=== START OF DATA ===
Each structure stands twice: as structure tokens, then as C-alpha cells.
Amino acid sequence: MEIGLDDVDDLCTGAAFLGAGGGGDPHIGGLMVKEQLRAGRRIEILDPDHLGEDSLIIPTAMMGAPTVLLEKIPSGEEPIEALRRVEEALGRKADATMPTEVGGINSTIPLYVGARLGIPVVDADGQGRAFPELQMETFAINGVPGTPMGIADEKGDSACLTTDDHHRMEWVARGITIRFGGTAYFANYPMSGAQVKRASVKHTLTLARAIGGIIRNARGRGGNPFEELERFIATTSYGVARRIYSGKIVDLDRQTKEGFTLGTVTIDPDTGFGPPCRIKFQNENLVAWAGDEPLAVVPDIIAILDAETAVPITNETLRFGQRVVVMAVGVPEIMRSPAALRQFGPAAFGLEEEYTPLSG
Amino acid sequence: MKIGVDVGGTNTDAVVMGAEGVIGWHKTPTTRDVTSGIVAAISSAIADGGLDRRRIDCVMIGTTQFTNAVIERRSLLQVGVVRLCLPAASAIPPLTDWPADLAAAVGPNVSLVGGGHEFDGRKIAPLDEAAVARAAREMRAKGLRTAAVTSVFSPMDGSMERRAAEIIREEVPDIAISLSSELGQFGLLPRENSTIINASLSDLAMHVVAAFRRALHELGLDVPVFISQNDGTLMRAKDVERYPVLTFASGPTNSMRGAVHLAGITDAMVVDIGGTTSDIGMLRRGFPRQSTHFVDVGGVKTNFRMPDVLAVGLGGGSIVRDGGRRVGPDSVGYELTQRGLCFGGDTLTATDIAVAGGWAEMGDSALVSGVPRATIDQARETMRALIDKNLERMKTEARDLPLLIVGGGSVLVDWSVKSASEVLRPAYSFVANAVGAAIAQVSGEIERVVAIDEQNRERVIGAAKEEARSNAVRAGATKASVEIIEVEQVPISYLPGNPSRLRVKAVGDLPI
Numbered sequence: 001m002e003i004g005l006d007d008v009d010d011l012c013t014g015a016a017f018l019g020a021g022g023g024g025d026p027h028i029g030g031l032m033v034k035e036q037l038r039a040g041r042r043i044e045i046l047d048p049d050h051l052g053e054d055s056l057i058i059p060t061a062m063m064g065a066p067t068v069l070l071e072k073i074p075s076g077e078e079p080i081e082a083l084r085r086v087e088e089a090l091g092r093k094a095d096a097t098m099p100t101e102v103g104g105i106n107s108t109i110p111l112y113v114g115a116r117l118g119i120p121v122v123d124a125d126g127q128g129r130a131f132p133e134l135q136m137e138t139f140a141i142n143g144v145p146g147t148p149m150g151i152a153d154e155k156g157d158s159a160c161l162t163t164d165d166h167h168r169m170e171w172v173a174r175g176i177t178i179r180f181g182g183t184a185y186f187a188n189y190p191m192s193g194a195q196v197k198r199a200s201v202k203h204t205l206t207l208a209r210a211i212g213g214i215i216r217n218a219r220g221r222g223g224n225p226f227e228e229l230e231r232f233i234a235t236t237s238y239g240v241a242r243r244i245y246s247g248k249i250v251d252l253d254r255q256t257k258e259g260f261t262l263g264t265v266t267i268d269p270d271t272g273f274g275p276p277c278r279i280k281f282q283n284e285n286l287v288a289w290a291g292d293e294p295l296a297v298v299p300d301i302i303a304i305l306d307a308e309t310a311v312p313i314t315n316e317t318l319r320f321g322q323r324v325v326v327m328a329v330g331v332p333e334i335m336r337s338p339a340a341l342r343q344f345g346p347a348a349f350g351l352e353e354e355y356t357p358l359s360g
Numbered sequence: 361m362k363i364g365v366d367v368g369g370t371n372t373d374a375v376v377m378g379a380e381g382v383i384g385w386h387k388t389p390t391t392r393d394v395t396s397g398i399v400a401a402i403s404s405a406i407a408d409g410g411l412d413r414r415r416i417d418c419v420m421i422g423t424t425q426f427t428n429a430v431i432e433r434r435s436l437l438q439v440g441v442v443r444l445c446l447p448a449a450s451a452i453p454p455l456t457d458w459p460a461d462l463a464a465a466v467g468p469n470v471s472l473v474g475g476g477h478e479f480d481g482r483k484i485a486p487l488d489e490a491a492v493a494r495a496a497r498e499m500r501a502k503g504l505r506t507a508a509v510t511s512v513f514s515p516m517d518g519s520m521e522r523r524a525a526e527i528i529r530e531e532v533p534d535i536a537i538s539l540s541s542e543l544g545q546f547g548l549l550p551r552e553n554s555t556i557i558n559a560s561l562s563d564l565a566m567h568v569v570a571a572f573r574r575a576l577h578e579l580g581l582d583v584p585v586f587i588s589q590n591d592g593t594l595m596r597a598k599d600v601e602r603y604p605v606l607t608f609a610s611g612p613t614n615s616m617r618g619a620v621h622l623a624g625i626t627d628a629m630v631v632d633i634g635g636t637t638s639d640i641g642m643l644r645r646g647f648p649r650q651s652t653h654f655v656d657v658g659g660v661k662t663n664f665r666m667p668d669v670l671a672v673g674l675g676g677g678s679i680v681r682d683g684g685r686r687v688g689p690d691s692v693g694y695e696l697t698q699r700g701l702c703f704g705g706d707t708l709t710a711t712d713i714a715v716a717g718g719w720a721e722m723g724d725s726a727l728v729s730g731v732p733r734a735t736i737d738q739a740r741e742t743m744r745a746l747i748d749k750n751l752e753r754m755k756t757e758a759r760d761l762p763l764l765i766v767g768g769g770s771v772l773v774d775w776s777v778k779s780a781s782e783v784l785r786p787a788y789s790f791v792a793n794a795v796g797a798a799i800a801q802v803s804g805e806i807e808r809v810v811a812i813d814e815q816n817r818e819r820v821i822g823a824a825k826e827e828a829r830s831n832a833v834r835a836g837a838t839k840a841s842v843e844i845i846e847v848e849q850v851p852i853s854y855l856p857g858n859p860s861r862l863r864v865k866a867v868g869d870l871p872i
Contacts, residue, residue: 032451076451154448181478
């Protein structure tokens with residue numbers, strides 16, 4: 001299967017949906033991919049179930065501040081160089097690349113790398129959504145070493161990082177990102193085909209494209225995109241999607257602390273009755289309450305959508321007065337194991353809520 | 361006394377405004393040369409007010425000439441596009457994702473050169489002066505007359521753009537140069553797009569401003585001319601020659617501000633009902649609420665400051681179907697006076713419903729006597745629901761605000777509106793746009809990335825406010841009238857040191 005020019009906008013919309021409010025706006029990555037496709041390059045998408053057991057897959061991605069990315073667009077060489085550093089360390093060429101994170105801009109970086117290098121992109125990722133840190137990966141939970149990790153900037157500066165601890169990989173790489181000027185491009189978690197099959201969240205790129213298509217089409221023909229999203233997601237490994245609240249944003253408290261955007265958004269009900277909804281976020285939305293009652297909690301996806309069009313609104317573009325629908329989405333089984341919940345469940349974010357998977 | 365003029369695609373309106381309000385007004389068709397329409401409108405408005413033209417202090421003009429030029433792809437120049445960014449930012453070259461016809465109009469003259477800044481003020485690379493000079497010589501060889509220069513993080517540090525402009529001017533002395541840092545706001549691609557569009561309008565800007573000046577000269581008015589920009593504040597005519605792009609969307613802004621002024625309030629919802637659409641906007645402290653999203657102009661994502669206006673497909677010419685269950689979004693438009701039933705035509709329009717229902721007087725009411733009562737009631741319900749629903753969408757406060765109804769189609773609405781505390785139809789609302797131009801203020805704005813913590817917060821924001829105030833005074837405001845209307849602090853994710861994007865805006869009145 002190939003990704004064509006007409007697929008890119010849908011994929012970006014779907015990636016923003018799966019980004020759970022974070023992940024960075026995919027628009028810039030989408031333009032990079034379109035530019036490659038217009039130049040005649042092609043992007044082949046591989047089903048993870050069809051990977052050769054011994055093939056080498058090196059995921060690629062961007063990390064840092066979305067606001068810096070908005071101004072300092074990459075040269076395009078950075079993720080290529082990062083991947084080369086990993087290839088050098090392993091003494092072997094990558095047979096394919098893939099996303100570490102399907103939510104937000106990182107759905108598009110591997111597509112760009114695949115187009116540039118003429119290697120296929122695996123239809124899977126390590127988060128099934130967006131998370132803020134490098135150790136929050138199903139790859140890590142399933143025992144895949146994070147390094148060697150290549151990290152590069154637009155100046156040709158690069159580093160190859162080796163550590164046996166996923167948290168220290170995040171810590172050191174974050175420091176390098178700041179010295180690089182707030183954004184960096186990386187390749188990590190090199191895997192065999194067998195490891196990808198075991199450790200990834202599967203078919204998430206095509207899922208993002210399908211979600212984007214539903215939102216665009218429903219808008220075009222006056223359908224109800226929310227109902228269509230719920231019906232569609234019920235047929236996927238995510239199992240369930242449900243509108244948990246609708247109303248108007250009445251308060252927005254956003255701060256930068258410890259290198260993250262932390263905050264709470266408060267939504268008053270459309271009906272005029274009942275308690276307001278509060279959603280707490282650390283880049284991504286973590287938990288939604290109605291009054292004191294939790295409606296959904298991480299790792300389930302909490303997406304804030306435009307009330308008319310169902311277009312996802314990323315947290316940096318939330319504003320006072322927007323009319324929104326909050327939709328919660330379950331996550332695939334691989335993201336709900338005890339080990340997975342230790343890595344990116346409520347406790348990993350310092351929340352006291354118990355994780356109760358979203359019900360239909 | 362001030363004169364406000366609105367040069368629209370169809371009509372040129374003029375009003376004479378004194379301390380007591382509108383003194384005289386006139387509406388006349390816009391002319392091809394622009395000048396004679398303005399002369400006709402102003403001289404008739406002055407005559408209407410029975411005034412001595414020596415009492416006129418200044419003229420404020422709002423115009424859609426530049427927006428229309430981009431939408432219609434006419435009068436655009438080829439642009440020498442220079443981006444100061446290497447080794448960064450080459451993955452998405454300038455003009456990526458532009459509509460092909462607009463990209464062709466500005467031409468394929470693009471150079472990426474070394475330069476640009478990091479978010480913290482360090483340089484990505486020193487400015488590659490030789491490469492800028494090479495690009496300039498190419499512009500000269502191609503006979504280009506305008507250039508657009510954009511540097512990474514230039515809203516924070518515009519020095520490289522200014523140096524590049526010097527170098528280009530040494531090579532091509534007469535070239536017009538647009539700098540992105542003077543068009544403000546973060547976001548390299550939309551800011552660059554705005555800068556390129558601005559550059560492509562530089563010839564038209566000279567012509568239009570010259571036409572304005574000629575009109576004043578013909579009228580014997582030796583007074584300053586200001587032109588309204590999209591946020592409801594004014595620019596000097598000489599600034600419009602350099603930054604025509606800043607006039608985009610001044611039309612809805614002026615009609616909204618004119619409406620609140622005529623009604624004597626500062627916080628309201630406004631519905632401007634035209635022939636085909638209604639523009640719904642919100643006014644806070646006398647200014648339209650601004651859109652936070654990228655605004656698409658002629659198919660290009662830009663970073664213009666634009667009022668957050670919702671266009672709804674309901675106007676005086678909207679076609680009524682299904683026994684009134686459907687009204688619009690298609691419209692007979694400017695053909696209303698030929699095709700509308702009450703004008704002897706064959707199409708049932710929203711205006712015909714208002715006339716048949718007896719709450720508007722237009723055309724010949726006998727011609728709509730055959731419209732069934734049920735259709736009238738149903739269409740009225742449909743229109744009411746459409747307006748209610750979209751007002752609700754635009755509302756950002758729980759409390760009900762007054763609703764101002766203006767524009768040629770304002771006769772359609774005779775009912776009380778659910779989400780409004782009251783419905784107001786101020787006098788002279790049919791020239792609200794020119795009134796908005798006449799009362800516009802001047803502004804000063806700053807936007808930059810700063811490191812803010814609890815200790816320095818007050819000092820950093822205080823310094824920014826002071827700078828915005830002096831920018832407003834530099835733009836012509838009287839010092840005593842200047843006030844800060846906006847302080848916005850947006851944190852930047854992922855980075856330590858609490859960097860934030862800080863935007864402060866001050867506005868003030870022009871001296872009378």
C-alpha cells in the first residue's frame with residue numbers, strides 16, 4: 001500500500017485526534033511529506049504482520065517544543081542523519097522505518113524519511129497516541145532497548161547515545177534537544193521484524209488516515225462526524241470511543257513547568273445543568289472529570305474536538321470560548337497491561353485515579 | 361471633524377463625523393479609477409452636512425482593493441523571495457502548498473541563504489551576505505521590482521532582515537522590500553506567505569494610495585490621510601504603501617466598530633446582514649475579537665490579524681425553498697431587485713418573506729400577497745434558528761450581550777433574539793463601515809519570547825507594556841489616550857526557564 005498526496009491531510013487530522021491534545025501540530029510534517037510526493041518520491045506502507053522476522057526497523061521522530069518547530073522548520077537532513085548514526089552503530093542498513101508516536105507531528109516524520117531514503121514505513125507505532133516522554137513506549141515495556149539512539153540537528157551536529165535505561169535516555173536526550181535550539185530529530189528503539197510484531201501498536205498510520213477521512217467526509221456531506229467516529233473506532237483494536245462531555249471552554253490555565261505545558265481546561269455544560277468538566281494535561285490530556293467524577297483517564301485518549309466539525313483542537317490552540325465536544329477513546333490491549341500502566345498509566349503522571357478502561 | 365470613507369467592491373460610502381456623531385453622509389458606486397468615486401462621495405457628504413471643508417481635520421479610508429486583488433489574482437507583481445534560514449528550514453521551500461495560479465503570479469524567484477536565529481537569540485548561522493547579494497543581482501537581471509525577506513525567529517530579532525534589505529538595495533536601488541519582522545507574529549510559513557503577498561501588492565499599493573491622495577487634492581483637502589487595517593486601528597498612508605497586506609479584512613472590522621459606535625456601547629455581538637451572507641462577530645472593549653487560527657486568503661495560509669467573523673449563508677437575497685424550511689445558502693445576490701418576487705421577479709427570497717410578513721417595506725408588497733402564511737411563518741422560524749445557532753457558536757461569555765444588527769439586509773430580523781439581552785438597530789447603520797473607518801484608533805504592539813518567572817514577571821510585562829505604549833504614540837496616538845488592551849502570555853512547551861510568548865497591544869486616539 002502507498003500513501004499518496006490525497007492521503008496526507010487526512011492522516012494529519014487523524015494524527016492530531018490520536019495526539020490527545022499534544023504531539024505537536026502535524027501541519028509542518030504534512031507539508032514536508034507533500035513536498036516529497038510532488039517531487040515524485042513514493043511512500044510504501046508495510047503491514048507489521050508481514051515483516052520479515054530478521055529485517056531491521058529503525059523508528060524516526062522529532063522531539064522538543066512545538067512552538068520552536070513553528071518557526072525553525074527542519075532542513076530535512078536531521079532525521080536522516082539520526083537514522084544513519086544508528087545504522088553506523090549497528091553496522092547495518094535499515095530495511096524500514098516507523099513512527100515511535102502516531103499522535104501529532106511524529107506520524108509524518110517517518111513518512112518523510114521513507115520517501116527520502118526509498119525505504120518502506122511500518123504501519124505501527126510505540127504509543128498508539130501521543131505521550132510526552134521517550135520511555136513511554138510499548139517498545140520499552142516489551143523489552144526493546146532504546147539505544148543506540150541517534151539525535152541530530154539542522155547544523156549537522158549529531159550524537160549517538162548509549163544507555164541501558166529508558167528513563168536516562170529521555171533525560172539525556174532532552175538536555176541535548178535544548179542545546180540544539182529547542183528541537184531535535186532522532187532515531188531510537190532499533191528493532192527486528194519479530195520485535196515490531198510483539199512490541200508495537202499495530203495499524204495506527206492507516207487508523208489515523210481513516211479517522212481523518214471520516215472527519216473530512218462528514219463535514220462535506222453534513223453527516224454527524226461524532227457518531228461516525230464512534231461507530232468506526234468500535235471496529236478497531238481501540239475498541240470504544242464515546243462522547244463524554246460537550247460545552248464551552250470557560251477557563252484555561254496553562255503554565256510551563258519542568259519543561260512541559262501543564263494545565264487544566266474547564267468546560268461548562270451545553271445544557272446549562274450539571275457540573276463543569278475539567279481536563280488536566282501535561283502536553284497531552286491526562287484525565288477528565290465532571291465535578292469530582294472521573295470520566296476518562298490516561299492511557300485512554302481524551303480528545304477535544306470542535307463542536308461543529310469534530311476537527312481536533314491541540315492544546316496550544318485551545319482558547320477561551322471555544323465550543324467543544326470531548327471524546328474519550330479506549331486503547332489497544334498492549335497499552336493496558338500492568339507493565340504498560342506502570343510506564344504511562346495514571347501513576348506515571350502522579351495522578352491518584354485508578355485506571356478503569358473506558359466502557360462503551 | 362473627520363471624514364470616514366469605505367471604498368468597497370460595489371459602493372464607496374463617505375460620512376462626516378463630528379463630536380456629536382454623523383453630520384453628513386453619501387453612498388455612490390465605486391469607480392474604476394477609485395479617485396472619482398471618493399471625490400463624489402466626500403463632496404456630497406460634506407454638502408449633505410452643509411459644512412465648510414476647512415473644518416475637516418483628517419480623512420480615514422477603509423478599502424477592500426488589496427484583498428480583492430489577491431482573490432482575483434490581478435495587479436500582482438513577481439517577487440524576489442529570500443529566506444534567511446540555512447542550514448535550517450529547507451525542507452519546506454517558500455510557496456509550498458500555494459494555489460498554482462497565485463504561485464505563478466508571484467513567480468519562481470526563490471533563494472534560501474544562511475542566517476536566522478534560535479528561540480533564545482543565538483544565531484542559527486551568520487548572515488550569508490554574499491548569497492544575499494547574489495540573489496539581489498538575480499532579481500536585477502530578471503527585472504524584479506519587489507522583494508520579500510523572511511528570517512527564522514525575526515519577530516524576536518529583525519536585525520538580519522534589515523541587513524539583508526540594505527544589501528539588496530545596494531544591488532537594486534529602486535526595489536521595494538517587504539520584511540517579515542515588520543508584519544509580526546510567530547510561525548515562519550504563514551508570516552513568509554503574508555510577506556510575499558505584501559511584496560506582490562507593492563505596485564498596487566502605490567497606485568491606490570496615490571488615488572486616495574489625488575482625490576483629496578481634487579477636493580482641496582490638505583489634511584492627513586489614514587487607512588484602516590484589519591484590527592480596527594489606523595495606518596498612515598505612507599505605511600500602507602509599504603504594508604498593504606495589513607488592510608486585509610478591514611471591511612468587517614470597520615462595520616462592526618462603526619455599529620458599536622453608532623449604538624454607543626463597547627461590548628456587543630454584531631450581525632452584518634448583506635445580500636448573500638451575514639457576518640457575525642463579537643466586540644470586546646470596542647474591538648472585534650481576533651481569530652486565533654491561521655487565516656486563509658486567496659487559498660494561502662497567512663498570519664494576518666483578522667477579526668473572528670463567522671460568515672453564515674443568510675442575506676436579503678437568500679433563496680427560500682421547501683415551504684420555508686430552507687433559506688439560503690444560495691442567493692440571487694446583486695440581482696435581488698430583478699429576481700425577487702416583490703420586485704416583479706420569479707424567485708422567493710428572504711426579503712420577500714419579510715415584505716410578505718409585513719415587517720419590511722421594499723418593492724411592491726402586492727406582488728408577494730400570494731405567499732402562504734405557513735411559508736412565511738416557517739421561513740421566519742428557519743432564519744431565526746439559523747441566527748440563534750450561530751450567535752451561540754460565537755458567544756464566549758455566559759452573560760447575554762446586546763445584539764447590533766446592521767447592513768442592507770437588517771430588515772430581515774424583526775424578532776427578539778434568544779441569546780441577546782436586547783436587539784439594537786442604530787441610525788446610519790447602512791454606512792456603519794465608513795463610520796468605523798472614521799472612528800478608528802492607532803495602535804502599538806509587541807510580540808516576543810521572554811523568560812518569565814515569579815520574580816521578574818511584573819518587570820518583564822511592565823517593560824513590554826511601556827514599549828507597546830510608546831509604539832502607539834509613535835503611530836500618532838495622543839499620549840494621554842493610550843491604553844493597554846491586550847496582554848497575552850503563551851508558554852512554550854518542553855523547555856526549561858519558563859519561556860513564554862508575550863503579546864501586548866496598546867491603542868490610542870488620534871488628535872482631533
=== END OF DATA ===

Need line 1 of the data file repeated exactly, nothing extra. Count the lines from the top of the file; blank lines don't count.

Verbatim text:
Each structure stands twice: as structure tokens, then as C-alpha cells.